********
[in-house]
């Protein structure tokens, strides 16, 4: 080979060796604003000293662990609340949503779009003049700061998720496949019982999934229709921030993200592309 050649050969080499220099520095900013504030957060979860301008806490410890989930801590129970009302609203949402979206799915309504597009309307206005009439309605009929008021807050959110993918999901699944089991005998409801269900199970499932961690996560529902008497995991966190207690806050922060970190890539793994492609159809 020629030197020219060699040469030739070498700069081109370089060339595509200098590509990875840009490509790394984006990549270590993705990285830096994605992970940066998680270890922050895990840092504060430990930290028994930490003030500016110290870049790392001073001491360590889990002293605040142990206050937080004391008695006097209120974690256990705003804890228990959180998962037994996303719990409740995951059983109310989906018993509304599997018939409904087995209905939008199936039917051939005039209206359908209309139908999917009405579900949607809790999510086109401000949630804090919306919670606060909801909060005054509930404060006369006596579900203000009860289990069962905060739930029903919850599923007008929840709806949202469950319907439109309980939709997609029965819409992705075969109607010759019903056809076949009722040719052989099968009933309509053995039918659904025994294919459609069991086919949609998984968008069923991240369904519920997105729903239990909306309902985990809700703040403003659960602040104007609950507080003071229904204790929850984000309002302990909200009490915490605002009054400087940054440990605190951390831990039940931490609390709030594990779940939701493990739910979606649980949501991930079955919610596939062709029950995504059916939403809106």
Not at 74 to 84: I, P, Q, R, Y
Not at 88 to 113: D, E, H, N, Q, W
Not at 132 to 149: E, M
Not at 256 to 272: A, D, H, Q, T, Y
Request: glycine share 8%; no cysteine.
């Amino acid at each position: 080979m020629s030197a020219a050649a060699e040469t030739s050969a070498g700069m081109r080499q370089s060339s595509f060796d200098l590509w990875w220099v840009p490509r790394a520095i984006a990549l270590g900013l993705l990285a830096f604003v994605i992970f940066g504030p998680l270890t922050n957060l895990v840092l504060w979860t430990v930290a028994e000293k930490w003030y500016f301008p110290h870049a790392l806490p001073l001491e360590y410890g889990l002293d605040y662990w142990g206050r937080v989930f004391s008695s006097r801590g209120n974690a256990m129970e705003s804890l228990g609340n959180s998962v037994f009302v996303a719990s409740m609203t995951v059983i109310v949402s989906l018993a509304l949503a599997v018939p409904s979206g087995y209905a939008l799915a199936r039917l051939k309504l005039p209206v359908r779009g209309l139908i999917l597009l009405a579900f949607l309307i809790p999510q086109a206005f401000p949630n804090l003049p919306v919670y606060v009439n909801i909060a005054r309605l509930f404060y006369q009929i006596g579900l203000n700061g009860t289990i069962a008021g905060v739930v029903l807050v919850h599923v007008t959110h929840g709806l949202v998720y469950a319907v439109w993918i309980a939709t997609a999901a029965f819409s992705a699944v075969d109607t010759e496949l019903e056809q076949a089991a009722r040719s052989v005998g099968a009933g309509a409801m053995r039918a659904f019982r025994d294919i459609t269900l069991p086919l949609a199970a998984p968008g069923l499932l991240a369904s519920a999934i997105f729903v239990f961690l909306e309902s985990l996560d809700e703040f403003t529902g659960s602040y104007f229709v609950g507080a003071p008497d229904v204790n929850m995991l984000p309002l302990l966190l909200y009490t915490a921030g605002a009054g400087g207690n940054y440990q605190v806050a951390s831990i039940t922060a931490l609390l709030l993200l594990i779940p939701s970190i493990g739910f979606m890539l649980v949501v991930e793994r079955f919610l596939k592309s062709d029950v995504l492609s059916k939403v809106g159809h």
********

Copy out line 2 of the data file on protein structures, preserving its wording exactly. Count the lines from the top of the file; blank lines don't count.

């Protein structure tokens, strides 16, 4: 080979060796604003000293662990609340949503779009003049700061998720496949019982999934229709921030993200592309 050649050969080499220099520095900013504030957060979860301008806490410890989930801590129970009302609203949402979206799915309504597009309307206005009439309605009929008021807050959110993918999901699944089991005998409801269900199970499932961690996560529902008497995991966190207690806050922060970190890539793994492609159809 020629030197020219060699040469030739070498700069081109370089060339595509200098590509990875840009490509790394984006990549270590993705990285830096994605992970940066998680270890922050895990840092504060430990930290028994930490003030500016110290870049790392001073001491360590889990002293605040142990206050937080004391008695006097209120974690256990705003804890228990959180998962037994996303719990409740995951059983109310989906018993509304599997018939409904087995209905939008199936039917051939005039209206359908209309139908999917009405579900949607809790999510086109401000949630804090919306919670606060909801909060005054509930404060006369006596579900203000009860289990069962905060739930029903919850599923007008929840709806949202469950319907439109309980939709997609029965819409992705075969109607010759019903056809076949009722040719052989099968009933309509053995039918659904025994294919459609069991086919949609998984968008069923991240369904519920997105729903239990909306309902985990809700703040403003659960602040104007609950507080003071229904204790929850984000309002302990909200009490915490605002009054400087940054440990605190951390831990039940931490609390709030594990779940939701493990739910979606649980949501991930079955919610596939062709029950995504059916939403809106």